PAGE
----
Microsoft created Active Directory as a specialized software solution to help security management teams and administrators of Windows domain networks to manage and deliver network changes, as well as system or security policy modifications to all machines linked to the domain, or to designated subsets of users or endpoints. The first version of Active Directory was published with Windows Server 2000, although the most recent version is compatible with Windows Server 2019.
Network administrators can gain high-level management over a network’s domains, objects, and users by using Active Directory. Administrators can group users, assign or remove security and access privileges depending on group membership, and keep track of access controls at all levels of the company. Network administrators can also deploy changes in an organized and streamlined manner using Active Directory’s unique methodology for structuring network objects, rather than having to change each object individually.
The hierarchical structure of items in an AD network is defined by forests, trees, and domains. These are the logical divisions that are used to categorize items.
Users can get information on network objects and endpoints (certification status, authentication status, and so on) as well as services from AD. To comprehend the inner workings of the Active Directory software tool, we must first grasp how the tool defines and treats various network objects.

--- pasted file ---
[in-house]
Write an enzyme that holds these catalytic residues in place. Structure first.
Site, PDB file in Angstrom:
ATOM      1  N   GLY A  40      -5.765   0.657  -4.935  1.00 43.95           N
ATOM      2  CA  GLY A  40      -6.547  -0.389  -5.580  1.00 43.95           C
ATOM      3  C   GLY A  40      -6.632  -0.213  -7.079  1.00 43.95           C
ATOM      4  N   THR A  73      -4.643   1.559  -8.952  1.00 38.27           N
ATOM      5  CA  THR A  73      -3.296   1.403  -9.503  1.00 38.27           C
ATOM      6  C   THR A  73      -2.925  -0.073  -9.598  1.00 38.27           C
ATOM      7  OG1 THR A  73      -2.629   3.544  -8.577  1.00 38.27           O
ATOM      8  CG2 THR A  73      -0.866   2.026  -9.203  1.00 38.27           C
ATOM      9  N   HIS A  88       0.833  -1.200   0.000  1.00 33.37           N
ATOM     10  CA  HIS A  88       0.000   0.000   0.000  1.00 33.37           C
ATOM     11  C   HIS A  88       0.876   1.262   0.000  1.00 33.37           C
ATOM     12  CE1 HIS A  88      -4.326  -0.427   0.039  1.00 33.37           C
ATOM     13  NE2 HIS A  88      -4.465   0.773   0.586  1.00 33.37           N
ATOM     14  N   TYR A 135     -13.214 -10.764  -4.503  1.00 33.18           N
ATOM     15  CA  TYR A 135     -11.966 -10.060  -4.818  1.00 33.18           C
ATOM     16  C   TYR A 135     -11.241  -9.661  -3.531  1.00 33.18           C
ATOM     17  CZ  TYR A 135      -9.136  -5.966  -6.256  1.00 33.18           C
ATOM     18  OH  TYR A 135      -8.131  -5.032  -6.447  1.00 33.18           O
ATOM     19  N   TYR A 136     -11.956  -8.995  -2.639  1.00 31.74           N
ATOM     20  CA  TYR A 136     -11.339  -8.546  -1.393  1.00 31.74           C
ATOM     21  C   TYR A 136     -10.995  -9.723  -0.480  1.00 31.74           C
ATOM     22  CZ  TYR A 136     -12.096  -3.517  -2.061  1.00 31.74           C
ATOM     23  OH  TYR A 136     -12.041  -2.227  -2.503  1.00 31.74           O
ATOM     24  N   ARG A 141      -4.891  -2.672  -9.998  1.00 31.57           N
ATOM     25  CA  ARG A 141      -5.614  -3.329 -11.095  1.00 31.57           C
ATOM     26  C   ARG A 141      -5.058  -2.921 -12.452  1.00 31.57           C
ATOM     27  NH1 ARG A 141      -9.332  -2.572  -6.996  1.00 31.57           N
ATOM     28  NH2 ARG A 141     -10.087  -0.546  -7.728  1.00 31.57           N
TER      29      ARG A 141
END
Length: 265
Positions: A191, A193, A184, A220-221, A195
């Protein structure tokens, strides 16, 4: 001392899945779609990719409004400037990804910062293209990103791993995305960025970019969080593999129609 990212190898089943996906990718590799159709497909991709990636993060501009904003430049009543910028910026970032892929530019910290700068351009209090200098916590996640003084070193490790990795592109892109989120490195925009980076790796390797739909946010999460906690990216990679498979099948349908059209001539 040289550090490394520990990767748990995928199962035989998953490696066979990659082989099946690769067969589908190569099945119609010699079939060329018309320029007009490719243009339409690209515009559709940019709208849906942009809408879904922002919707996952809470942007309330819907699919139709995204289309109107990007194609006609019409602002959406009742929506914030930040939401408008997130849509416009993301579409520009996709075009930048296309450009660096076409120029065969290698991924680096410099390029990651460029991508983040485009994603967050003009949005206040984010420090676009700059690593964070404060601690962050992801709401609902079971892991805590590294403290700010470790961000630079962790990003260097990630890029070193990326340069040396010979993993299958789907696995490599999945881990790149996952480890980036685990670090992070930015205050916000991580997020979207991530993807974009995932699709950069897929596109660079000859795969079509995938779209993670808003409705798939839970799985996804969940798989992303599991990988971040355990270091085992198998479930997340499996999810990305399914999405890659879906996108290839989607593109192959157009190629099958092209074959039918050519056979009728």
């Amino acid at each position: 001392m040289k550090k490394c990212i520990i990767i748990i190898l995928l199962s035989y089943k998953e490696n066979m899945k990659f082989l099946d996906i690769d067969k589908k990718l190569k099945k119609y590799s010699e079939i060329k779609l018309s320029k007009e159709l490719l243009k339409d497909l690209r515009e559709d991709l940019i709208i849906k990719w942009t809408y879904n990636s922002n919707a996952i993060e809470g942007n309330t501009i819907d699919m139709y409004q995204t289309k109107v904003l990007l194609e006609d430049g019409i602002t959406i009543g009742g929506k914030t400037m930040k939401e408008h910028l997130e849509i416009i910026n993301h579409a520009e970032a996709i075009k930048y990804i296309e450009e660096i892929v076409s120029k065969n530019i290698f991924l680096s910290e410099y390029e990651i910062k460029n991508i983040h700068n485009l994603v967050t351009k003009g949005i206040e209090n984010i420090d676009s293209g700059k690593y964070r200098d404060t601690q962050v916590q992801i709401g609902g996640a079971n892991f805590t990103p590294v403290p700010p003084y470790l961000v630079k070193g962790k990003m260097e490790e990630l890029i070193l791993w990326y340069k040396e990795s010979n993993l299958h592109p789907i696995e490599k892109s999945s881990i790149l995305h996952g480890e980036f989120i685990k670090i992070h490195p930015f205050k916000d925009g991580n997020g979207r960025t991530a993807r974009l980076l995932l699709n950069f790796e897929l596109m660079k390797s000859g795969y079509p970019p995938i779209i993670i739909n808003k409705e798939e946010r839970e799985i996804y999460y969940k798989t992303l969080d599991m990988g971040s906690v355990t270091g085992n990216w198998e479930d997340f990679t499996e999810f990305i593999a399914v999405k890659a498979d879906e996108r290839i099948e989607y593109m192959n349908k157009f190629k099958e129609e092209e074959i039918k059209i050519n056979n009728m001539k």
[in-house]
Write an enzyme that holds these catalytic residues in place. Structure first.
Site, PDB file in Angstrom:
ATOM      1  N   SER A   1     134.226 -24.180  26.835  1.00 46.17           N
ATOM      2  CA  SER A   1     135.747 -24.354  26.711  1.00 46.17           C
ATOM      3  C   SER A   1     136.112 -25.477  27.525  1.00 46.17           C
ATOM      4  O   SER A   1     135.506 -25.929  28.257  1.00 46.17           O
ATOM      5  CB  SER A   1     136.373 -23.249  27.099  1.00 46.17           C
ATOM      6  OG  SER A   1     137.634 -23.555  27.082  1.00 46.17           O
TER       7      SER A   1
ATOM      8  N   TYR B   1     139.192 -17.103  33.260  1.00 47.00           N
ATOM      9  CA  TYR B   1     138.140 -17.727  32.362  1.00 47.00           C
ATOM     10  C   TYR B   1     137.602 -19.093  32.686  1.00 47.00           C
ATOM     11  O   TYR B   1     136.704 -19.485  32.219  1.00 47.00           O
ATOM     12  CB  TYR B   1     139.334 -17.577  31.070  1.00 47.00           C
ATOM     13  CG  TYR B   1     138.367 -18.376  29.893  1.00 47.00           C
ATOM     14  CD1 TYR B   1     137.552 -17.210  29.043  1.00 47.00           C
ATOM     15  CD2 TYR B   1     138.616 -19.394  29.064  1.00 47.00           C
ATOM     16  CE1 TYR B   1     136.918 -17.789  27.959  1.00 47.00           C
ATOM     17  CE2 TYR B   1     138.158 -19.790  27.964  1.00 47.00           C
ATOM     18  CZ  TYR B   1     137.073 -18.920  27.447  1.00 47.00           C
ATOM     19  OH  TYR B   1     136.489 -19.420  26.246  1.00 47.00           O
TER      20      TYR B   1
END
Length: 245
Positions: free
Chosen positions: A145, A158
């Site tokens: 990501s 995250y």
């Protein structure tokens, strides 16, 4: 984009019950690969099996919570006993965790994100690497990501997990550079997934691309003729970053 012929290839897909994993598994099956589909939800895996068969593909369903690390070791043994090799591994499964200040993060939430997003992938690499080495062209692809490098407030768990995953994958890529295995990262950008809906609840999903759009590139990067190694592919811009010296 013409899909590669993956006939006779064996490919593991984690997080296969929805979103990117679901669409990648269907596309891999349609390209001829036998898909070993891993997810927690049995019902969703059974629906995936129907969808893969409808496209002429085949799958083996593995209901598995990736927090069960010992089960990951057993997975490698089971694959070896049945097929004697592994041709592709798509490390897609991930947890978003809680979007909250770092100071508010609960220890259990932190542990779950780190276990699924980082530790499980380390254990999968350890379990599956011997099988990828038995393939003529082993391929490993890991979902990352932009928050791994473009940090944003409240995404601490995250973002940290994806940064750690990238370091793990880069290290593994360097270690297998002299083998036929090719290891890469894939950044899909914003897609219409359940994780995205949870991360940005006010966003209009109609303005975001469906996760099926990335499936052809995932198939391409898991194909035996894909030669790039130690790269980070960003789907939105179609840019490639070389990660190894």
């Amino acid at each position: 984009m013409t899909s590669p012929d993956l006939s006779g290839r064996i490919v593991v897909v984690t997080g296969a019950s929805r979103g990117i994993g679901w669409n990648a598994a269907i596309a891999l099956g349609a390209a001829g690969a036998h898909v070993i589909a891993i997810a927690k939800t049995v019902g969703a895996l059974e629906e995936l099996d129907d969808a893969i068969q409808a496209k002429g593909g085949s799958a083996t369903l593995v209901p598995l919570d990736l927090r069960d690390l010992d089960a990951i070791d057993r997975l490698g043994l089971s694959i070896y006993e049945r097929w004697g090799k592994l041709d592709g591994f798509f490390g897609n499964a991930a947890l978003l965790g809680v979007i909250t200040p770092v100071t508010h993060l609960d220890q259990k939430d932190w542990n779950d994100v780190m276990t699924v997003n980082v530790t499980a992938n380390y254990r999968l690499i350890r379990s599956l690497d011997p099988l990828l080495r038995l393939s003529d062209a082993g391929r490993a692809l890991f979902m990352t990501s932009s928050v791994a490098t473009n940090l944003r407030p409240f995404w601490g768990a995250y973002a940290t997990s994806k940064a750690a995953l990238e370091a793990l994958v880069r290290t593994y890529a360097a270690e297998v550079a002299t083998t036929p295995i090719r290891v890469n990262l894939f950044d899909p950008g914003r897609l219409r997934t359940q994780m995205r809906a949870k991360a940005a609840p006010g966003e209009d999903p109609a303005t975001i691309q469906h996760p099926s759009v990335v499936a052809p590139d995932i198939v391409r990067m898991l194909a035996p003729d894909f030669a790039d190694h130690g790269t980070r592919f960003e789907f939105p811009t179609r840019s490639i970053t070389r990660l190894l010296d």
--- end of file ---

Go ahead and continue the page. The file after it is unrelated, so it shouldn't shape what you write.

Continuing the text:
The AD schema includes User, Group, Contact, Computer, Shared Folder, Printer, and Organizational Unit objects, as well as a collection of descriptive characteristics for each object. User Object attributes, for example, include information such as the user’s name, phone number, and address.
Other securities and networking protocols used by Active Directory include
Active Directory Domain Services is a set of network services provided by the software (AD DS). Active Directory delivers critical security services in the form of AD DS, in addition to facilitating the management of groups of network objects. Among the services offered are:
Active Directory offers a number of functional and business advantages, including:
Trusts are rules in Active Directory that allow users in one domain to access resources in another domain. There are a variety of trust rules that provide users with differing levels of access and rights.
One-way or two-way trusts exist. Users from Domain A can access Domain B, but users from Domain B cannot access Domain A in a one-way trust.
There are two types of trusts: transitive and intransitive. In the forest, a transitive trust can be extended to more than two domains, but an intransitive trust is a one-way trust between only two domains.
A forest trust is one that covers the entire forest, is transitive, and can be one-way or two-way. The network administrator sets the default forest trust boundary, which is applied to all newly created domains automatically.
In conclusion, the fundamental Active Directory service is used to verify users’ identities and restrict access to network resources. A domain controller is a server that runs AD DS. For resiliency, most Windows domain networks have two or more domain controllers: one primary and one or more backup domain controllers. Users can authenticate to a domain controller during login and are granted access to specific resources based on administrative policies.
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